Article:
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Are Politics and Geography Related?: Evidence from a Cross-Section of Capital Cities

Kristof Dascher
Public Choice
Vol. 105, No. 3/4 (2000), pp. 373-392
Published by: Springer
Stable URL: http://www.jstor.org/stable/30026402
Page Count: 20
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Are Politics and Geography Related?: Evidence from a Cross-Section of Capital Cities
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Abstract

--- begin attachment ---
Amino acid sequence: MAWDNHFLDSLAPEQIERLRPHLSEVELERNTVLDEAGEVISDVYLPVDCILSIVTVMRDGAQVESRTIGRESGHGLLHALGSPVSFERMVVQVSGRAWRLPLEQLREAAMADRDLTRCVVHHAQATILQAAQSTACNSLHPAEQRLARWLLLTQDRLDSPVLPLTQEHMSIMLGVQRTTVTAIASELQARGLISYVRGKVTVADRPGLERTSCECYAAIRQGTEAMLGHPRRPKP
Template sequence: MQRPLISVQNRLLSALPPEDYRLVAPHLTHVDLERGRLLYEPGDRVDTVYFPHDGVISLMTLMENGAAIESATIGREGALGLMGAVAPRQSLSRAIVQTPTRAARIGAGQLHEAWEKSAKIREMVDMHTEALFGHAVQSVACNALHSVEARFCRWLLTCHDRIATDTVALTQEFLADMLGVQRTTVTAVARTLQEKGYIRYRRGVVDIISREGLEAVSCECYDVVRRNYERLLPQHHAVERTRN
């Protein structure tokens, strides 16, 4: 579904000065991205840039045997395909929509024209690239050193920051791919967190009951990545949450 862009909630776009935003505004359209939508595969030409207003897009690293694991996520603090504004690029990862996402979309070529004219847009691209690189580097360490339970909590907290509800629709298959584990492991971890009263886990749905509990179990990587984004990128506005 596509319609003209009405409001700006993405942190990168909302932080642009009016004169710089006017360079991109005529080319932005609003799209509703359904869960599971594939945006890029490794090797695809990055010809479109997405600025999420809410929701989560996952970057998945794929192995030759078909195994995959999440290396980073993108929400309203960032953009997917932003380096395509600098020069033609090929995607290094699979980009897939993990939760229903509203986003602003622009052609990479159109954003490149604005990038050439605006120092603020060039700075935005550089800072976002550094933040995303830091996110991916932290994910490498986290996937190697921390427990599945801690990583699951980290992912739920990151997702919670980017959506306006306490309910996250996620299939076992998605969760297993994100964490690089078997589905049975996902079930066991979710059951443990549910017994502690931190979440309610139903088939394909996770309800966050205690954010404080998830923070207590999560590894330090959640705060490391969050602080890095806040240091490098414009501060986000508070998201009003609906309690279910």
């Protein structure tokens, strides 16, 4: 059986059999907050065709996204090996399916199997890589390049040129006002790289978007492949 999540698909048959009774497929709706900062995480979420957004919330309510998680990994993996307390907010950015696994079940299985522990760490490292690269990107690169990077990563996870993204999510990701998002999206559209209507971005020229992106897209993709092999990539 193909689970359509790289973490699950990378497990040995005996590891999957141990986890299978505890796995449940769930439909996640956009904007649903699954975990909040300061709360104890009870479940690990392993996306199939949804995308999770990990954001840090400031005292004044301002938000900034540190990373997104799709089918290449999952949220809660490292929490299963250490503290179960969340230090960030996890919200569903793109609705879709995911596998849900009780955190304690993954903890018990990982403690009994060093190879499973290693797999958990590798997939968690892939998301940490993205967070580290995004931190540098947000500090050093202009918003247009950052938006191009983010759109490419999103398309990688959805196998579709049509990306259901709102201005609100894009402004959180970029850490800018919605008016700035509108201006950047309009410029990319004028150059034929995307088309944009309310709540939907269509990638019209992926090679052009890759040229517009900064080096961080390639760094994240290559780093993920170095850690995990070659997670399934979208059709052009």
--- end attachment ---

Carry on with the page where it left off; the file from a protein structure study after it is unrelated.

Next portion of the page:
With a few prominent exceptions, a capital city is typically also the biggest city of its country. This might suggest that a capital city is more attractive than other cities because of the capital city function. In the paper, we test this hypothesis by looking at employment growth in a sample of capital cities. Employment growth might indicate outmigration from the political hinterland and immigration into the capital city. Specifically, we look at a sample of regional capitals that consists of West-German county seats. These county seats underwent reform in the late sixties and early seventies. In this sample, we can reject the idea that the county capital role does not have a positive influence on local employment growth.

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